After 26 years, aged 56, Gary Cohn may be leaving Goldman Sachs. The man who could have replaced Lloyd Blankfein as Goldman CEO has reportedly been offered a position as director of Donald Trump’s National Economic Council and assistant to the president for economic policy.
It’s not yet clear whether Cohn will accept the offer, but if he does it won’t be a surprise. Cohn has reportedly indicated that he’d quit Goldman for Trump if only Trump offers him a job. As jobs go, head of the National Economic Council doesn’t sound bad, although it’s not on a par with the Treasury Secretary role Trump reportedly considered offering Jamie Dimon (but actually handed to another ex-Goldman banker, Steve Mnuchin).
This prestige of the new role may not matter though. Cohn’s exit from Goldman is more likely inspired by financial considerations than career goals.
Cohn owns around $212m of Goldman stock. Thanks to Trump, Goldman shares are now the highest they’ve ever been. If Cohn quits Goldman for a government role now, he’ll be able to cash-out at the top. This is because individuals who leave the private sector for executive roles in the federal government must sell their financial assets immediate to avoid conflict of interest regulations.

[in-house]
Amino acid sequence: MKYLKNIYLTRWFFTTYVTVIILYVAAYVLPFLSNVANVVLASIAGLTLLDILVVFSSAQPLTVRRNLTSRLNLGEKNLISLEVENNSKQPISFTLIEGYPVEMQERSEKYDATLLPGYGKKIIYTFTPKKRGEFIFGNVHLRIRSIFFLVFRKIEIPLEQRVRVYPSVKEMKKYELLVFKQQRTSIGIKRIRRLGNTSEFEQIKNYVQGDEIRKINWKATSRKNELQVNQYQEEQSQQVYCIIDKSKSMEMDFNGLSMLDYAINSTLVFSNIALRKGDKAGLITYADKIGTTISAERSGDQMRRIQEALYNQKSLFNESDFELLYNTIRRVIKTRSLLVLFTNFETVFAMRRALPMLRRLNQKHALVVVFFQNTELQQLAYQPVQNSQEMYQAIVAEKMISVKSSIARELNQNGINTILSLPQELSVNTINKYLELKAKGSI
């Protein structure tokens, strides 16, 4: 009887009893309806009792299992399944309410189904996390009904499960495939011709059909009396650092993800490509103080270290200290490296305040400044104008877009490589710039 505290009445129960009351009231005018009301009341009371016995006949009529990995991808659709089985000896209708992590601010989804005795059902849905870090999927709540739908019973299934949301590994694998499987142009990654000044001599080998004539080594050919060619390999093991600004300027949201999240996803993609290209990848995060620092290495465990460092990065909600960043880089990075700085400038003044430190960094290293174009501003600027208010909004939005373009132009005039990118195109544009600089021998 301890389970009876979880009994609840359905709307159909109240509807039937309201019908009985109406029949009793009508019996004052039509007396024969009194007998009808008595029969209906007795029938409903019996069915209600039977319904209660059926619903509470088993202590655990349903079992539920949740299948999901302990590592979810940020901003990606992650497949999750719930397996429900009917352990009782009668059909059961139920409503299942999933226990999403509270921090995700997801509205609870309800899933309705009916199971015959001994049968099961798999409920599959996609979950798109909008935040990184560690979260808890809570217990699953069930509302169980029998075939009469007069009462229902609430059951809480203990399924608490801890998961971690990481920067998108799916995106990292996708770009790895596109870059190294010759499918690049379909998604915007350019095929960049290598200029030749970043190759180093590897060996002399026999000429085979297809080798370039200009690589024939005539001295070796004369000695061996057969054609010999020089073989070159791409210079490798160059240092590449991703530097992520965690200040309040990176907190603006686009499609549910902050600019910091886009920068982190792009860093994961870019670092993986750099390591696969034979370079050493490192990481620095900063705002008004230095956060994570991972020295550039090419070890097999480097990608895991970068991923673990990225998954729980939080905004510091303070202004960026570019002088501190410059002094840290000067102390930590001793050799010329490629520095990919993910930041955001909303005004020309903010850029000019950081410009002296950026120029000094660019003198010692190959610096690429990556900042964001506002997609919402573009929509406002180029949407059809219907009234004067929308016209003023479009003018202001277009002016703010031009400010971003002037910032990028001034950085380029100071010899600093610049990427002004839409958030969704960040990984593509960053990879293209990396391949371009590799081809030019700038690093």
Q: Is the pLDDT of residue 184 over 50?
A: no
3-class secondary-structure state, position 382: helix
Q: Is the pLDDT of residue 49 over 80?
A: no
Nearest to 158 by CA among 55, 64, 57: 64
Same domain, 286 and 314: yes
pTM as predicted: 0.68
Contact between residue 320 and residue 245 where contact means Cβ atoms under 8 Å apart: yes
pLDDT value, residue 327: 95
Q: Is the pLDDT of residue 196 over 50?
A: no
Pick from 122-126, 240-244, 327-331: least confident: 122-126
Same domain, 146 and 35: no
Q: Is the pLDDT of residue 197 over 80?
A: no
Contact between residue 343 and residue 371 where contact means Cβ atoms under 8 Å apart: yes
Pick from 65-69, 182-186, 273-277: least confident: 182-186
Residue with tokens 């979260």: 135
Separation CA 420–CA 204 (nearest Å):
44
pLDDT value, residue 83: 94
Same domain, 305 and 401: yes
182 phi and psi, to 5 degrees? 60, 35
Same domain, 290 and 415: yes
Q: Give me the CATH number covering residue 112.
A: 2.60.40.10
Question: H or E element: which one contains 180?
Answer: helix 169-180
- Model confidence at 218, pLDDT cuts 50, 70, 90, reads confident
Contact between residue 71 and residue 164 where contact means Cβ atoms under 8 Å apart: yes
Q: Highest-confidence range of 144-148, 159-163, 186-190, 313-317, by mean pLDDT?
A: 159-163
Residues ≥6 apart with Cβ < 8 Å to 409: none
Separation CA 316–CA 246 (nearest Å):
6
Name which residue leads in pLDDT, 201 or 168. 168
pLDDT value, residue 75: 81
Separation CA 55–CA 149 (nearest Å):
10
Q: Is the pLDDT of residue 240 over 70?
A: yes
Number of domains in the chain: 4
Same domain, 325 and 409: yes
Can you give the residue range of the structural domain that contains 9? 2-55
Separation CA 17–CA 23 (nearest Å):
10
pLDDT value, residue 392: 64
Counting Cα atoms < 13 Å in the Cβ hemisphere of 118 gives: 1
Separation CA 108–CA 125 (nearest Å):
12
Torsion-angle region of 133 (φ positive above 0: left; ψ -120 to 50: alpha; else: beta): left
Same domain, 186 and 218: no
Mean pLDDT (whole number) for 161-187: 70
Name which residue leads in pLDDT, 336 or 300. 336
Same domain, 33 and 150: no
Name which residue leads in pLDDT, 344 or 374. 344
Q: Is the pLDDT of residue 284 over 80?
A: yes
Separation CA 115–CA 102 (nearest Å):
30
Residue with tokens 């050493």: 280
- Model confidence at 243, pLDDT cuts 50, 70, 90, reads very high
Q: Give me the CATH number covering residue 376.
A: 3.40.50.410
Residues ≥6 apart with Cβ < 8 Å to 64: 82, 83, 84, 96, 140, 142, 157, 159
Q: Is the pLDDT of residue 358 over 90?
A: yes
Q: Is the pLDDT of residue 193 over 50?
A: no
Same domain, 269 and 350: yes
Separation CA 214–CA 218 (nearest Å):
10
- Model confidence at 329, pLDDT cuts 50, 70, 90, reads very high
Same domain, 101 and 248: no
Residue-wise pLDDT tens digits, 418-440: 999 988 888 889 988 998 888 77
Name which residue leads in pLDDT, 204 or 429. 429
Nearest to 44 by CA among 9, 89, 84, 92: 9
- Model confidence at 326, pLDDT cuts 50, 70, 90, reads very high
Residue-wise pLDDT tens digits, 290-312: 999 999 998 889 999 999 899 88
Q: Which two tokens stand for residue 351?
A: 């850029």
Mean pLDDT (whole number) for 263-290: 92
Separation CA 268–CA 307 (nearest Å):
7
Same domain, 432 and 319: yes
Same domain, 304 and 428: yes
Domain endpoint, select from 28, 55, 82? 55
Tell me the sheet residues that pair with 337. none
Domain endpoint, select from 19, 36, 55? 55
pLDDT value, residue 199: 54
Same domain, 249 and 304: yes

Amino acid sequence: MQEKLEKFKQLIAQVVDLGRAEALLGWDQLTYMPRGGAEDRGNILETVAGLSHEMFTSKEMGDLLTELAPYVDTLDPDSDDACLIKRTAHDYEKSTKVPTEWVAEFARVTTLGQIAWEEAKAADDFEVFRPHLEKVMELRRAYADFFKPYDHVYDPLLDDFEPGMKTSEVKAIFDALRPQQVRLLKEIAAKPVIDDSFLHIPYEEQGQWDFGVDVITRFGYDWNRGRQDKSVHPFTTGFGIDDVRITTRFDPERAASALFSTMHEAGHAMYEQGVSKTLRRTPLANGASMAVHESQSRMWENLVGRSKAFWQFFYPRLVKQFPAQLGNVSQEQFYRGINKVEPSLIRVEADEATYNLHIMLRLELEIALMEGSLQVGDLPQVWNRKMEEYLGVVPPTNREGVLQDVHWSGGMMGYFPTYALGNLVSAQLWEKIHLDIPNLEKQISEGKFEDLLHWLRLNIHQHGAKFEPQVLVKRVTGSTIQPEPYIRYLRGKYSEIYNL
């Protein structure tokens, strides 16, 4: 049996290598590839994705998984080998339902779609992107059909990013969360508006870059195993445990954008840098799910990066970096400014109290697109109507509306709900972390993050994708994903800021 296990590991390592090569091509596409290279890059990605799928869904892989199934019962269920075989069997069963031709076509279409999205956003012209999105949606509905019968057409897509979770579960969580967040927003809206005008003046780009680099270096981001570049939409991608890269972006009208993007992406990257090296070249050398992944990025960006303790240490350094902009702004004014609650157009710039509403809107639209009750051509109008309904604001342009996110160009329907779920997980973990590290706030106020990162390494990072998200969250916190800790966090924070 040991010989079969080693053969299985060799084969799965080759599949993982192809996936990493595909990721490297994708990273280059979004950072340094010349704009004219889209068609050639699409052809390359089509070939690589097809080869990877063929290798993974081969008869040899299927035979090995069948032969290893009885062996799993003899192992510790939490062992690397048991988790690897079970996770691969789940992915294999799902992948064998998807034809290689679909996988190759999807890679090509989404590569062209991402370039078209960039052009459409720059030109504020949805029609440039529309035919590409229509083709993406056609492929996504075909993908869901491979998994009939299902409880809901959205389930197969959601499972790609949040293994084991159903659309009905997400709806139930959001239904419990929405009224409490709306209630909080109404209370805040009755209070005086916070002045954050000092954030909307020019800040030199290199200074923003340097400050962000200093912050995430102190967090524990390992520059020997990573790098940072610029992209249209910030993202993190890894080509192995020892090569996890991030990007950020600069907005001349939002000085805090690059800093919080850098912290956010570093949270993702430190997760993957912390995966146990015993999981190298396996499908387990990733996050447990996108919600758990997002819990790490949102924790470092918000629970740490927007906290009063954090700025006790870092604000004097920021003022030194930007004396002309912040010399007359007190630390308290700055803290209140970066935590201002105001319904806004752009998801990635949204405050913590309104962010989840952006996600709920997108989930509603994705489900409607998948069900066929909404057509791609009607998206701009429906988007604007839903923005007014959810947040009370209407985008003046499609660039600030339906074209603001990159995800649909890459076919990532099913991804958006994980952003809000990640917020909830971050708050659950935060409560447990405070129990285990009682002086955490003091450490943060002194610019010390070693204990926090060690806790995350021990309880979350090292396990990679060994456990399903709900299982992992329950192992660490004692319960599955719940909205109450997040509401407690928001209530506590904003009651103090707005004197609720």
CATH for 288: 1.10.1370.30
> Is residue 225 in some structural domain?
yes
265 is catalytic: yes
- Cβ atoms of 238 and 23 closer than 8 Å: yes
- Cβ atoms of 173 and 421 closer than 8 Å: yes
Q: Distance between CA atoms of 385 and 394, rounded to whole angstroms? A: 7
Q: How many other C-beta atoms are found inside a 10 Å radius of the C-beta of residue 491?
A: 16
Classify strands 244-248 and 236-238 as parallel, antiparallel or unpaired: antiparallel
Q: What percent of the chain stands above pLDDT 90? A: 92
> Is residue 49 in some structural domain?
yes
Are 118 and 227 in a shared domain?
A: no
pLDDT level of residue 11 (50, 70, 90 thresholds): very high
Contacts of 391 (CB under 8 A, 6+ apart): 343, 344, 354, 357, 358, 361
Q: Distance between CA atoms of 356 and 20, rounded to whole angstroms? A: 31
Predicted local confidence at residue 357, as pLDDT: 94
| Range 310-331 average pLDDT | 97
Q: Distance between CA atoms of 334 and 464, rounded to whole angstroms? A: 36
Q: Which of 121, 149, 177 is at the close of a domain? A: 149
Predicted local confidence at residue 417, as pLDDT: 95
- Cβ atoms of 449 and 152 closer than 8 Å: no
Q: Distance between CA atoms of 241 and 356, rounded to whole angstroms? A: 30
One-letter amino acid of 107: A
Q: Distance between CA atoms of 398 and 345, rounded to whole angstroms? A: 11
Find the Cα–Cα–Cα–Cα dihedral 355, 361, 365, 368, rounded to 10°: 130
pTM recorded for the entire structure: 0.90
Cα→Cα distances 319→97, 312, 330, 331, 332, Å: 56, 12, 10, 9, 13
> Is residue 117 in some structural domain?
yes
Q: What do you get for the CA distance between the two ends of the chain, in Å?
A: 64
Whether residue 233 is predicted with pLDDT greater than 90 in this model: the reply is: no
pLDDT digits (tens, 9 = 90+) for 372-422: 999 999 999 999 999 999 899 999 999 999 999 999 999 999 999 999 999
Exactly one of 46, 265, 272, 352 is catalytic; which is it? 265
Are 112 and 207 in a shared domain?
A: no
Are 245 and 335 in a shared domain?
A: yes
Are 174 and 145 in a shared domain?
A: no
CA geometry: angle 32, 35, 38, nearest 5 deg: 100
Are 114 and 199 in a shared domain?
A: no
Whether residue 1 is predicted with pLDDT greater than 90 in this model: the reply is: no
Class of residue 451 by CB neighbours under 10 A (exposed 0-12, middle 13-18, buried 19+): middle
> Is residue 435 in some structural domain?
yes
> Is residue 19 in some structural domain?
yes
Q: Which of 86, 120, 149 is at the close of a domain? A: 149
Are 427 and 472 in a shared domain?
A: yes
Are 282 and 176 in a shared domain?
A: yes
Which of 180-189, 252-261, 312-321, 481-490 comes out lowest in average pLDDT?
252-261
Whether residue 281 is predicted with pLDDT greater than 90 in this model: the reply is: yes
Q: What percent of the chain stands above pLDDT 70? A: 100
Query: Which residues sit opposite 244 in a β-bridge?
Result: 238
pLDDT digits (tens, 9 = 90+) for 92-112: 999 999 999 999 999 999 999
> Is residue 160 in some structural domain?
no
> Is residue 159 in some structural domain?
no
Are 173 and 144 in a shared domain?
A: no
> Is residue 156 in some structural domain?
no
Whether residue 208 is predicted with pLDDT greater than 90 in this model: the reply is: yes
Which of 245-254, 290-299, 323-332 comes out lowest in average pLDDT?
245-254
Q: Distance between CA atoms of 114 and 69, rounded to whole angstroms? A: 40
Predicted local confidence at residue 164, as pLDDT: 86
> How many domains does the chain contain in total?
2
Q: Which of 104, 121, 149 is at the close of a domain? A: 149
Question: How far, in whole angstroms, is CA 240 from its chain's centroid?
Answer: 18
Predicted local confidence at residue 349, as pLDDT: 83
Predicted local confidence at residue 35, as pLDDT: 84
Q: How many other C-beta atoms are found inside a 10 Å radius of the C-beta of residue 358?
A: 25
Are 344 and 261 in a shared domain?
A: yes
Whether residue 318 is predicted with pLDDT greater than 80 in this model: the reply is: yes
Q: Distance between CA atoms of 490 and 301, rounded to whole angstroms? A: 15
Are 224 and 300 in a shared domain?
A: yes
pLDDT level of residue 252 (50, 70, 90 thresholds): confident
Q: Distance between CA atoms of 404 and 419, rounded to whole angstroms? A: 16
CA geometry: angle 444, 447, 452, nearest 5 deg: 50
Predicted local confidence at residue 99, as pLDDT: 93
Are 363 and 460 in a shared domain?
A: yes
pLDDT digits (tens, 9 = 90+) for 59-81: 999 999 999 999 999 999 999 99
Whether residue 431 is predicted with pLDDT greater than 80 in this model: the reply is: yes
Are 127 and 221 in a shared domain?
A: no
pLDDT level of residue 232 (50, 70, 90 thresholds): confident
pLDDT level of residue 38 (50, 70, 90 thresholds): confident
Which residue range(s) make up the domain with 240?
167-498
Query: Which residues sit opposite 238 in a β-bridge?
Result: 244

By comparison, if Cohn were to retire from Goldman Sachs in normal circumstances, or to join a competitor, he’d be bound by Goldman’s deferral period of five years plus. – And by 2021, the ‘Trump rally’ may have passed.
In joining Trump, Cohn is therefore exiting his position in Goldman Sachs in the most profitable way possible. It’s made even better by the fact that, under so-called “divestiture rules” Cohn can save $11.7m in capital gains tax if he joins the federal government in a senior role and promptly reinvests his monies in U.S. treasuries or diversified funds. Hank Paulson, the former CEO of Goldman Sachs, benefited from something similar in 2006.
In other words, Cohn won’t be necessarily be entering the new administration out of a sense of public service. This is not a career move: it’s a trade.
Source : Sarah Butcher, efinancialcareers.com